New open access paper Ancient DNA sheds light on the genetic origins of early Iron Age Philistines, by Feldman et al. Science Advances (2019) 5(7):eaax0061.
Interesting excerpts (modified for clarity, emphasis mine):
Here, we report genome-wide data from human remains excavated at the ancient seaport of Ashkelon, forming a genetic time series encompassing the Bronze to Iron Age transition. We find that all three Ashkelon populations derive most of their ancestry from the local Levantine gene pool. The early Iron Age population was distinct in its high genetic affinity to European-derived populations and in the high variation of that
… Read the rest “Sea Peoples behind Philistines were Aegeans, including R1b-M269 lineages”
As I said 6 months ago, 2019 is a tough year to write a blog, because this was going to be a complex regional election year and therefore a time of political promises, hence tenure offers too. Now the preliminary offers have been made, elections have passed, but the timing has slightly shifted toward 2020. So I may have the time, but not really any benefit of dedicating too much effort to the blog, and a lot of potential benefit of dedicating any time to evaluable scientific work.
On the other hand, I saw some potential benefit for … Read the rest “A Song of Sheep and Horses, revised edition, now available as printed books”
I think proto-languages can be applied to basically any appropriate prehistoric setting, and especially to science fiction and fantasy settings. I often viewed the lack of interest for them as based on the idea that they are not fantastic enough, that they would render a fantastic world too realistic to allow for an adequate immersion of the reader (or viewer) into a new world.
With time, I have become more and more convinced that most authors don’t use proto-languages (or tweaked versions of them) simply because they can’t, and resort to the easier way: inventing some rules … Read the rest “A Game of Thrones in Indo-European: proto-languages in Westeros and Essos, and population genomics”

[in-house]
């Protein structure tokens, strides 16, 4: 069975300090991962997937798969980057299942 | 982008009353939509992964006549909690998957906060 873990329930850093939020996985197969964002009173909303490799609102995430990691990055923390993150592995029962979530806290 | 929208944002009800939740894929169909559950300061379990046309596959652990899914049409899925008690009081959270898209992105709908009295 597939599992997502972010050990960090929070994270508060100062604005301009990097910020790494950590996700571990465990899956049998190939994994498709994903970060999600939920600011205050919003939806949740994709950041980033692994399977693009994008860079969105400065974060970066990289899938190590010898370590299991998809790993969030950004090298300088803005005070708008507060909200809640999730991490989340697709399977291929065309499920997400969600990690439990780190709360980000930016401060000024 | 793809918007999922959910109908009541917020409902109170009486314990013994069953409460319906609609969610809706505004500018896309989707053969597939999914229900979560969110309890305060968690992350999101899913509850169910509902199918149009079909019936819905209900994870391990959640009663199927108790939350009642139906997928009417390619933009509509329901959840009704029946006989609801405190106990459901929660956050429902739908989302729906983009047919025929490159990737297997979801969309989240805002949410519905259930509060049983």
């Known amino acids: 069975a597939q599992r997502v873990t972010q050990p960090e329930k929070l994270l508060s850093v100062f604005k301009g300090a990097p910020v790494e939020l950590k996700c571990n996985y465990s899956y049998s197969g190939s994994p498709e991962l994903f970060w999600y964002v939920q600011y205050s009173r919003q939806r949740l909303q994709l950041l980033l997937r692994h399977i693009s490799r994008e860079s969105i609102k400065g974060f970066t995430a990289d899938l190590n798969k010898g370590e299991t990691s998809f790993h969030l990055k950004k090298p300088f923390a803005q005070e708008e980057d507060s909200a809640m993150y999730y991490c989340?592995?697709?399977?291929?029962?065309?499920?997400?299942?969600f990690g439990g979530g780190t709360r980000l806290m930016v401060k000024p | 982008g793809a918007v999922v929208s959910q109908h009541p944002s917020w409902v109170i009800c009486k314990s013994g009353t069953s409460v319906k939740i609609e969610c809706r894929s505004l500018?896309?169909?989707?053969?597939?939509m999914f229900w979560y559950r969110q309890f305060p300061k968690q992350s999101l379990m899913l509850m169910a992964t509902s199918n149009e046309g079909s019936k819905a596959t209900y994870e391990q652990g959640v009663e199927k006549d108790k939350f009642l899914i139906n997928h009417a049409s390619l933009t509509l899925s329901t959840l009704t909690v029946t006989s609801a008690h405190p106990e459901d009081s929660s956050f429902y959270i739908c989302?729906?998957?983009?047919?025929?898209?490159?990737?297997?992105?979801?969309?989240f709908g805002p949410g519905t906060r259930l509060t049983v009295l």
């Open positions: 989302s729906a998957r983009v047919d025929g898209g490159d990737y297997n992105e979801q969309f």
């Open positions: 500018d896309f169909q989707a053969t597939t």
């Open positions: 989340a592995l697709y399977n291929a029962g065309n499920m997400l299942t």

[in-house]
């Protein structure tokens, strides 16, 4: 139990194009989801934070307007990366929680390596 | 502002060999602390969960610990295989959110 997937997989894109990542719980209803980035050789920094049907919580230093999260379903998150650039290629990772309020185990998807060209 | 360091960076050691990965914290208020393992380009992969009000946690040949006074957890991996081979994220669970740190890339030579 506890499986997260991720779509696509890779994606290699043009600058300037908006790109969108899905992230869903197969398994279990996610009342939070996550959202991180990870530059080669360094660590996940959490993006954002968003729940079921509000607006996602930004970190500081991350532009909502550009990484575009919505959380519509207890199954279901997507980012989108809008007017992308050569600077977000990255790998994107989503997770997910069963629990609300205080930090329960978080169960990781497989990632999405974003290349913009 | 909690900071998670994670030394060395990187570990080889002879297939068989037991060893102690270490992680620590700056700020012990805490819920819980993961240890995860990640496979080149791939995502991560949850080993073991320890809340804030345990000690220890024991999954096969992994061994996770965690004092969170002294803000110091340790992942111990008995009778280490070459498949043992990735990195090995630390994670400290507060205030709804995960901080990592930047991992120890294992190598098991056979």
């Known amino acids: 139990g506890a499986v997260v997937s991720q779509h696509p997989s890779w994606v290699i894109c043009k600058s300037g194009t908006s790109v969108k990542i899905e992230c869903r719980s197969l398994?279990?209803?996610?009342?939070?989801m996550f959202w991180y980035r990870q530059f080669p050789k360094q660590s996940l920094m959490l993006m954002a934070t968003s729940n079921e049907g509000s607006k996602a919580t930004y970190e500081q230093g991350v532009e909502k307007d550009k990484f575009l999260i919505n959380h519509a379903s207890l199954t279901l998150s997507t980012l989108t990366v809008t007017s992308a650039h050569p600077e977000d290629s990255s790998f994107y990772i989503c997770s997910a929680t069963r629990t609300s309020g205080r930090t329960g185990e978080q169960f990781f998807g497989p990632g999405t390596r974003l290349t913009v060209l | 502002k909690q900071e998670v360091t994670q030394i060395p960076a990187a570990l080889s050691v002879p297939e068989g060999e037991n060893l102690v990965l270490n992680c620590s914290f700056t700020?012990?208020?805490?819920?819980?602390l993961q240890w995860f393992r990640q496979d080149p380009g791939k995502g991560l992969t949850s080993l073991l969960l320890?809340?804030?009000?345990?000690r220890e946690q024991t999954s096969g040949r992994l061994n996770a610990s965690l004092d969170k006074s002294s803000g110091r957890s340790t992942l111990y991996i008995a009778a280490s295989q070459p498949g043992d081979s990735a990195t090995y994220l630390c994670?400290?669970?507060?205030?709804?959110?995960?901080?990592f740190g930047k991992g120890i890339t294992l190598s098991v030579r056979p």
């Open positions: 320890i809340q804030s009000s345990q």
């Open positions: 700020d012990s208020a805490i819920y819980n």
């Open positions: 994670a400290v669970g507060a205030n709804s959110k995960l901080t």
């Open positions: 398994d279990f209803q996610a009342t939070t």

Sorry for the last weeks of silence, I have been rather busy lately. I am having more projects going on, and (because of that) I also wanted to finish a project I have been working on for many months already.
I have therefore decided to publish a provisional version of the text, in the hope that it will be useful in the following months, when I won’t be able to update it as often as I would like to:
… Read the rest “Happy new year 2019…and enjoy our new books!”
Open access Ancient DNA from Chalcolithic Israel reveals the role of population mixture in cultural transformation, by Harney et al. Nature Communications (2018).
Interesting excerpts (emphasis mine, reference numbers deleted for clarity):
The material culture of the Late Chalcolithic period in the southern Levant contrasts qualitatively with that of earlier and later periods in the same region. The Late Chalcolithic in the Levant is characterized by increases in the density of settlements, introduction of sanctuaries, utilization of ossuaries in secondary burials, and expansion of public ritual practices as well as an efflorescence of symbolic motifs sculpted and
… Read the rest “Migrations in the Levant region during the Chalcolithic, also marked by distinct Y-DNA”